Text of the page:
“Scaling projects to available resources upfront and making sure that they are flexible and tailored to local needs will go a long way toward ensuring that Tennessee taxpayers get the best bang for their buck,” says Roger Millar, vice president of Smart Growth America’s Leadership Institute. “By emphasizing the importance of the planning, programming, environmental and design phases of the project development process, TDOT will deliver a higher quality of service at less cost.”
To learn more about Smart Growth America’s Leadership Institute and its capacity to help states and municipalities review and improve their economic, transportation, housing, land-use and environmental policies visit Smart Growth America’s Leadership Institute.
Smart Growth America (SGA) is the only national organization dedicated to researching, advocating for and leading coalitions to bring smart growth practices to more communities nationwide. From providing more sidewalks to ensuring more homes are built near public transportation or that productive farms remain a part of our communities, smart growth helps make sure people across the nation can live in great neighborhoods. For additional information
Cumberland Region Tomorrow congratulates TDOT and SGA for their successful leadership efforts that will continue to advance Tennessee regions and communities in their successful economic and community development efforts. CRT is proud to be a member of the SGA coalition of local, regional, state and national organizations dedicated to this important work.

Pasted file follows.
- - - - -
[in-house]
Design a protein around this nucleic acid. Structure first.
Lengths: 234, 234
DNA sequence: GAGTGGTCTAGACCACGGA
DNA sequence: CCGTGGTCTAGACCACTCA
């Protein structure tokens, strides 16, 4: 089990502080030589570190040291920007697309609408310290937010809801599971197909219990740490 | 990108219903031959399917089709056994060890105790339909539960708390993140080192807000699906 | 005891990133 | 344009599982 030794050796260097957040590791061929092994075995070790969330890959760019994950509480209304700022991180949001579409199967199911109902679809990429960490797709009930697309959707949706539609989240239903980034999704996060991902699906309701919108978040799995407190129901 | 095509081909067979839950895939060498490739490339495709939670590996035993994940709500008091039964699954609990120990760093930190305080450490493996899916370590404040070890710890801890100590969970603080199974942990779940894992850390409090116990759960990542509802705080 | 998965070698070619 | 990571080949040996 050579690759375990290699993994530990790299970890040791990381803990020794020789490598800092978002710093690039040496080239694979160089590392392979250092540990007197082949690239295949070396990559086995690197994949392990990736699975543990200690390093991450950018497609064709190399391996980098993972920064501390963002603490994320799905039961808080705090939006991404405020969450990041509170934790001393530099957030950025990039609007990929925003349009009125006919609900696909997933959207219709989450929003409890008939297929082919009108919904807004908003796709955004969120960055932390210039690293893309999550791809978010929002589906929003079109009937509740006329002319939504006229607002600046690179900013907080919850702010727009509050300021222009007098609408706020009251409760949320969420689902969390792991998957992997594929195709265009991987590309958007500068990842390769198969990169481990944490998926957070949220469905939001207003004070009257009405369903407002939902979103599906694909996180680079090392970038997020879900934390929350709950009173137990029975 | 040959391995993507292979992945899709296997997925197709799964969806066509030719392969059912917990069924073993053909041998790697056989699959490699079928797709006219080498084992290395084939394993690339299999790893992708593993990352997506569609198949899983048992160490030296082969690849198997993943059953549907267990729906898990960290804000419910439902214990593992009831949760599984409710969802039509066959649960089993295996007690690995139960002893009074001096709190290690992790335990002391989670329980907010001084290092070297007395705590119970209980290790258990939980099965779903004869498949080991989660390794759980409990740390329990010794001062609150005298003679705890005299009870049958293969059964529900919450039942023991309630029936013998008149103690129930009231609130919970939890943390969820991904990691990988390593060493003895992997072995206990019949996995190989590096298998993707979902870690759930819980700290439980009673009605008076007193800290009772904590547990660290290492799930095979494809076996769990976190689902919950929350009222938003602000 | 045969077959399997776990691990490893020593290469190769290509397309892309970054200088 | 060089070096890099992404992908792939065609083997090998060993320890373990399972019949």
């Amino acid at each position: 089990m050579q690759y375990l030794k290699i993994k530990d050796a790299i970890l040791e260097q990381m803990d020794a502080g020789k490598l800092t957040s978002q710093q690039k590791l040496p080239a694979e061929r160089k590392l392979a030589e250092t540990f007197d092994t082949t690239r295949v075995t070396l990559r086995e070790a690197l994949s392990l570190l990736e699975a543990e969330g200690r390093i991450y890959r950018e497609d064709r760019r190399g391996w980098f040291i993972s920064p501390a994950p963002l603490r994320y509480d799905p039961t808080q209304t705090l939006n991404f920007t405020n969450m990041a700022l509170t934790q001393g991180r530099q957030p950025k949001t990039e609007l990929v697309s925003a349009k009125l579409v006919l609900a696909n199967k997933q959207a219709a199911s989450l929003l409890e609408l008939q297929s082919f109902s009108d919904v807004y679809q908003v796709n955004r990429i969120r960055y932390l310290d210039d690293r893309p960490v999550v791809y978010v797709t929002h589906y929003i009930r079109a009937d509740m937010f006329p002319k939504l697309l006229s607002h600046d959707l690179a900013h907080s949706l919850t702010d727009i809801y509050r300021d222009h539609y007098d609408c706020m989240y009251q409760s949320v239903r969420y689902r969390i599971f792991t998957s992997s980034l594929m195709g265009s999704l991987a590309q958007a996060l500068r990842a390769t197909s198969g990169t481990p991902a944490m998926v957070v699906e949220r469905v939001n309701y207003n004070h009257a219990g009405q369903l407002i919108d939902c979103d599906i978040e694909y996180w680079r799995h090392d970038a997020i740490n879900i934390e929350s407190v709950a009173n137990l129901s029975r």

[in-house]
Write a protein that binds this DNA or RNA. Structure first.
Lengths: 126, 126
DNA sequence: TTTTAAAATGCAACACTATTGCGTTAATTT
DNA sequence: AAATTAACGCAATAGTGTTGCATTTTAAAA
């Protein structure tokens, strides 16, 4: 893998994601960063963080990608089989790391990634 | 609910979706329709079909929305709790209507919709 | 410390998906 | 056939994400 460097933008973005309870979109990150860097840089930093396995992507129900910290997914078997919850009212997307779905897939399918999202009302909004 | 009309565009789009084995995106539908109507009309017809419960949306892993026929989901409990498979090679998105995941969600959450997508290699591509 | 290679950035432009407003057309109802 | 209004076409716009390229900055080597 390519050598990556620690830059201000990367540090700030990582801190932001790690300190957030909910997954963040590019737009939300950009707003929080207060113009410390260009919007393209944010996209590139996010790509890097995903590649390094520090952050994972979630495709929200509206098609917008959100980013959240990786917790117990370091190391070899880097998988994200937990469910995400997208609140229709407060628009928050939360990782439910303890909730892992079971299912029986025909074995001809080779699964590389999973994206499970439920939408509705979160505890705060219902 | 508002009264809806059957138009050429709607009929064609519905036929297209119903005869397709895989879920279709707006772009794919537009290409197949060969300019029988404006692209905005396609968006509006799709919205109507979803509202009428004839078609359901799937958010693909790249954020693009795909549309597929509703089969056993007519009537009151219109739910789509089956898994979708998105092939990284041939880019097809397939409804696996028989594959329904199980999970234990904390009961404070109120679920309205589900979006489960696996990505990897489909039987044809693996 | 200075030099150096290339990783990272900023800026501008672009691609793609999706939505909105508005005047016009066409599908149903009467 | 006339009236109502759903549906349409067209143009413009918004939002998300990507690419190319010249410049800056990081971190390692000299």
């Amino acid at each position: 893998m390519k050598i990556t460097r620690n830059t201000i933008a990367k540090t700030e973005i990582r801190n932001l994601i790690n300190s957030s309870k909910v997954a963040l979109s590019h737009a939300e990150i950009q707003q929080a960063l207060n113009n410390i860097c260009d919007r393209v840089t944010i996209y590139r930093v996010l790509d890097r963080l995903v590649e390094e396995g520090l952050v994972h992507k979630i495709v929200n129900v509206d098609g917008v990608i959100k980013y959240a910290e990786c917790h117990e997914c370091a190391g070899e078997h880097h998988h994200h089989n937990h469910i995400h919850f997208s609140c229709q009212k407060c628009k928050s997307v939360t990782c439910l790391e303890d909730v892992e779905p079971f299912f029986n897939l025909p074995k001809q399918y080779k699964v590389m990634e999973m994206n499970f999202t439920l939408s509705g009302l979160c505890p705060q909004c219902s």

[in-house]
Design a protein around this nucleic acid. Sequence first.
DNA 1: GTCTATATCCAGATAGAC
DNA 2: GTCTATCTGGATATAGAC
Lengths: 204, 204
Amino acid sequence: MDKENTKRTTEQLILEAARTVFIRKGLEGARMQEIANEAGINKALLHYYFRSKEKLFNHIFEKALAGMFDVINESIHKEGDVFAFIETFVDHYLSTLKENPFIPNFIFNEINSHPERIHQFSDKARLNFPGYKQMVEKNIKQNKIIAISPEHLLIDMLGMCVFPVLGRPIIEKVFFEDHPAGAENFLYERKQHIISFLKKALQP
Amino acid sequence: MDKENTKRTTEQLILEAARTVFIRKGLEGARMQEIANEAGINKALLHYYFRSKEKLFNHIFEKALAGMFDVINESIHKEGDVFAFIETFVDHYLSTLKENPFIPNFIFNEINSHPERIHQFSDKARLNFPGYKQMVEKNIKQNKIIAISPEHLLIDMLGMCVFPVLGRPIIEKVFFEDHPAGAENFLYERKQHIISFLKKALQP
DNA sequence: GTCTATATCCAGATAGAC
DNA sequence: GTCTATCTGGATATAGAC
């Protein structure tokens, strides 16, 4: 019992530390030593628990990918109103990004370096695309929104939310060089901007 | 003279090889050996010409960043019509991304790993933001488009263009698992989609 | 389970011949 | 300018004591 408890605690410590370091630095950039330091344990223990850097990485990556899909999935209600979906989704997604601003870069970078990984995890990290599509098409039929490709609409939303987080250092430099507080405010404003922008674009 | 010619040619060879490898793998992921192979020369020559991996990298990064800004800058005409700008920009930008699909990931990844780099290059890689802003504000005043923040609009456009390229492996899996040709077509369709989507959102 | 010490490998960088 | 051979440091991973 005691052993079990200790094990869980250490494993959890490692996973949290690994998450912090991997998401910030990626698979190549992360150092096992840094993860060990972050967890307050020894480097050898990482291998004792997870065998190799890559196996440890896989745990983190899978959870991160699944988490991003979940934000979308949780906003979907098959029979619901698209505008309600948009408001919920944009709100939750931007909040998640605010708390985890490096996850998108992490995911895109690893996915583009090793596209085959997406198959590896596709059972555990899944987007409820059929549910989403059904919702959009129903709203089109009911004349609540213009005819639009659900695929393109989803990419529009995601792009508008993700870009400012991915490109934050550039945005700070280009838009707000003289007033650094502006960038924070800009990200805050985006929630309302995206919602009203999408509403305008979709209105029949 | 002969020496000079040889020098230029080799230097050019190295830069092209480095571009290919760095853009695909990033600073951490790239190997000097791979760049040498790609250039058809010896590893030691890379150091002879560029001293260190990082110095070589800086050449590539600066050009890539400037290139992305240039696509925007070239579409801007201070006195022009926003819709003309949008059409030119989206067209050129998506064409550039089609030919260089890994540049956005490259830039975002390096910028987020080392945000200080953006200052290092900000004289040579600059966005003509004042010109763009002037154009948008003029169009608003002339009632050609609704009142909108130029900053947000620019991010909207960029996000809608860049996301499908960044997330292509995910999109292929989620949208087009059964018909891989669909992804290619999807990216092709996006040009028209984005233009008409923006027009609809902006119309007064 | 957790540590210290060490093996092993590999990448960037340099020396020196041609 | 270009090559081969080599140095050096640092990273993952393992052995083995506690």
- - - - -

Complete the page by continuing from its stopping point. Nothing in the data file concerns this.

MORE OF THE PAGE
Historic Downtown Lebanon Looks Forward to New Look

Lebanon City Square-Wilson

The Tennessean February 24, 2012

The Tennessee Department of Transportation (TDOT) is seeking to improve driver navigation and pedestrian safety through a reconfiguration of the square’s roundabout and Lebanon business leaders are hoping the project will help to revitalize the city’s historic business district.

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More Transportation Choices Being Considered for Clarksville Commuters

Relax and Ride Bus

Clarksville City Council members discussed going the Regional Transportation Authority of Middle Tennessee, which would give local commuters one more option. Clarksville Transit System Director Jimmy Smith said it would be the first step in implementing a commuter bus service.